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Understanding FIPS 140 Requirements for StateRAMP Compliance

StateRAMP FIPS 140 Compliance

What is StateRAMP?

StateRAMP is a security framework designed to standardize, strengthen, and streamline cloud security for government entities at the state and local level. Drawing heavily from the success and structure of FedRAMP, the Federal Risk and Authorization Management Program, StateRAMP provides a unified approach to assessing and managing cybersecurity risk for cloud service providers (CSPs) serving state and local governments. SafeLogic is a StateRAMP member.

StateRAMP FIPS Compliance


How is StateRAMP Related to FedRAMP?

StateRAMP & FIPS 140

StateRAMP draws heavily on the structure and success of FedRAMP, adopting its methodologies while tailoring its scope and application for state and local government entities. This allows CSPs working with state and local governments to leverage their FedRAMP experience and knowledge while aligning with the specific requirements of StateRAMP. Thus, StateRAMP and FedRAMP, while distinct in their scope, are fundamentally allied in their mission to provide robust cybersecurity frameworks for government operations.

IaaS, PaaS, and SaaS Providers Must use FIPS Validated Cryptography for Encryption to Obtain their StateRAMP Certification

StateRAMP is based on FedRAMP, which is in turn based on NIST Special Publication (SP) 800-53. There are three (3) critical controls that have been mapped from NIST 800-53,  are required at every StateRAMP baseline, and that address encryption:

  • IA-7 Cryptographic Module Authentication
  • SC-12 Cryptographic Key Establishment and Management
  • SC-13 Cryptographic Protection

NIST security controls in all their publications always reference the standards it wrote for cryptography – Federal Information Processing Standard 140, now in the process of transitioning from its second revision, FIPS 140-2, to its third, FIPS 140-3.

SP 800-53 states that in all cases, if encryption is employed as a mechanism to meet a security requirement, it must be FIPS 140 validated under the Cryptographic Module Validation Program (CMVP).

You can never go wrong with FIPS 140-2 validated encryption in federal government deployments or when satisfying NIST requirements.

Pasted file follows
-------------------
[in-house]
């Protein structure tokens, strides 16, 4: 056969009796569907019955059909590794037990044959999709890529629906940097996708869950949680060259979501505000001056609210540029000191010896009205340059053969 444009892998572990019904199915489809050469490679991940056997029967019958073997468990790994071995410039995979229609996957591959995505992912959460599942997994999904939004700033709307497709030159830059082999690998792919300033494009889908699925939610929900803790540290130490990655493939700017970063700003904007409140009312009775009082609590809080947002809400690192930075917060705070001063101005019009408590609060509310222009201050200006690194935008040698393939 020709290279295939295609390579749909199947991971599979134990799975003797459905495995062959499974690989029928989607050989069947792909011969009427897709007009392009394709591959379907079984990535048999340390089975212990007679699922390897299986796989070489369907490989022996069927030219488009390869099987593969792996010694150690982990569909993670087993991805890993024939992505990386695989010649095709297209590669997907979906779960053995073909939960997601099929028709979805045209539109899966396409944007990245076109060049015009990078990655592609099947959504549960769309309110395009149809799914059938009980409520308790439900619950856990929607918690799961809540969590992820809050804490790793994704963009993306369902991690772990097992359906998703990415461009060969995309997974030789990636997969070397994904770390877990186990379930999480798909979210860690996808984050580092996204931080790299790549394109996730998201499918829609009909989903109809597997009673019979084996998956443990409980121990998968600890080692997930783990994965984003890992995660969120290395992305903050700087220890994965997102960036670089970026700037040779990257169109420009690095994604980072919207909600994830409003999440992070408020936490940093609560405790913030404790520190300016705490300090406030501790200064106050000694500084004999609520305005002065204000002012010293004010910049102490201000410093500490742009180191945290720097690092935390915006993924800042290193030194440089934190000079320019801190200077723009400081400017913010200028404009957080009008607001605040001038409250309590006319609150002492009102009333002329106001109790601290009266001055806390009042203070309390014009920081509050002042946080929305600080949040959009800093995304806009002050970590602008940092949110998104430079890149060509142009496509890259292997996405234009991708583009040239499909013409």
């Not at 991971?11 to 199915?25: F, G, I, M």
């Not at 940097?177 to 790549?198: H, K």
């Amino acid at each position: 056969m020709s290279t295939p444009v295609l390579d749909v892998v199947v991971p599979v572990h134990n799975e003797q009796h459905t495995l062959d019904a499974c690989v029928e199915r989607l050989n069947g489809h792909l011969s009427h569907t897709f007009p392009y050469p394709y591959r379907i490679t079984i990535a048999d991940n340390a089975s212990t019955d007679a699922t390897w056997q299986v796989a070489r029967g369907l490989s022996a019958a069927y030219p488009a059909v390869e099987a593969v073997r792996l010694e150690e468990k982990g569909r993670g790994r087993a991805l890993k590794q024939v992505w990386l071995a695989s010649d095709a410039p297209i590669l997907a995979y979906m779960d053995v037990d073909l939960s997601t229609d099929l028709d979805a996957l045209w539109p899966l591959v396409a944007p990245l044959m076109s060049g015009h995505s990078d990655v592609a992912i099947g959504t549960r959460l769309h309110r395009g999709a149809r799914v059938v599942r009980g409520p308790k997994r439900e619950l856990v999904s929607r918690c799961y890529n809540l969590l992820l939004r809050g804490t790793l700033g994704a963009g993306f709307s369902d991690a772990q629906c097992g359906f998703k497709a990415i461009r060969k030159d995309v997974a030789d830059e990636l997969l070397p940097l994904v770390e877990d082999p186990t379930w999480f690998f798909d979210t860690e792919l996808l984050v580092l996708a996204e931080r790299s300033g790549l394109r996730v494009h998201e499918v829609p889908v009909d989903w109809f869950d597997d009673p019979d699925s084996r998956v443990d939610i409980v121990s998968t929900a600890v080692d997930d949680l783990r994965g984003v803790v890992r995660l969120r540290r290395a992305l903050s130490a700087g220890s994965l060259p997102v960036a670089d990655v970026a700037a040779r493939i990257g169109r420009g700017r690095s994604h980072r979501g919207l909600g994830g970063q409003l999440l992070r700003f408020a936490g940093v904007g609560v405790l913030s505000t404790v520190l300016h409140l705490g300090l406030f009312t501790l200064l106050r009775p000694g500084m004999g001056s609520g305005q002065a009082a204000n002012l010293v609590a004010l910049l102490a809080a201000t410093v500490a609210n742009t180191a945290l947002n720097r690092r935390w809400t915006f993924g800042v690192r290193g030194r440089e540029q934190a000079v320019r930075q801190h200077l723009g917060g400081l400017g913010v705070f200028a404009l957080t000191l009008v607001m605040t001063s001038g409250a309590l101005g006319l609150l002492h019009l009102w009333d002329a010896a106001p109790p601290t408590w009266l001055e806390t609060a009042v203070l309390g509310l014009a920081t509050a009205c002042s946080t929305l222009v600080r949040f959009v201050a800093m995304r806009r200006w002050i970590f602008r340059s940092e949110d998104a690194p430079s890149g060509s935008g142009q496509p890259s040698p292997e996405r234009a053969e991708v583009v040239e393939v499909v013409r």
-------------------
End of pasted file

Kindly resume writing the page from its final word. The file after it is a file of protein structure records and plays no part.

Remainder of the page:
FIPS for StateRAMP Certification


SafeLogic's FIPS 140 Validation-as-a-Services Meets StateRAMP Requirements


Getting your own cryptography software reviewed, tested, validated, and certified by NIST can take as long as two years, not counting the time required to develop the software.  SafeLogic literally cuts the time required to achieve NIST FIPS 140 certification from two years to two months, then keeps your certification active over time with these three key capabilities.


CryptoComply White
CryptoComply White


CryptoComply is SafeLogic’s flagship software, a family of FIPS 140 validated cryptographic software modules. They deliver “Drop-in Compliance” as direct replacements for popular open-source crypto providers.

RapidCert White
RapidCert White


SafeLogic revolutionized the FIPS industry twelve years ago with RapidCert, the industry's first expedited rebranding program. Get a FIPS certification in your name in only two months with RapidCert.

MaintainCert White
MaintainCert White


Now SafeLogic is revolutionizing FIPS again with MaintainCert. FIPS certificates go ‘historical’, meaning they are no longer valid, all the time. Not with MaintainCert, SafeLogic’s new white-glove support service.

Want to learn more about how SafeLogic can help with your StateRAMP effort? Speak with one of our FIPS experts!

What is Required to Get StateRAMP Authorized?

StateRAMP Authorized Products


To have a cloud product StateRAMP certified, a company must first become a Cloud Service Provider (CSP). CSPs must then navigate a multi-step process. Initially, the CSP must complete a Security Assessment Plan (SAP), which provides a detailed description of the security controls in place and how they are implemented. This plan is then assessed by a StateRAMP approved Third Party Assessment Organization (3PAO). After the assessment, the 3PAO prepares the Security Assessment Report (SAR) which details the results of the security assessment.

The CSP is also required to prepare a System Security Plan (SSP), which provides an overview of the security requirements of the system and describes the controls in place to meet those requirements. The CSP then submits the SSP, the SAR, and a Plan of Action and Milestones (POAM) to the StateRAMP PMO. The POAM should detail how any outstanding security issues will be addressed.

The StateRAMP PMO reviews the submitted documents and, if everything is in order, certifies the CSP's cloud product as StateRAMP-ready. Regular monitoring is conducted to ensure that the company's cloud product continues to meet the StateRAMP requirements. This cycle of continuous monitoring and reauthorization ensures that the cloud product remains compliant and secure in the ever-evolving cyberspace.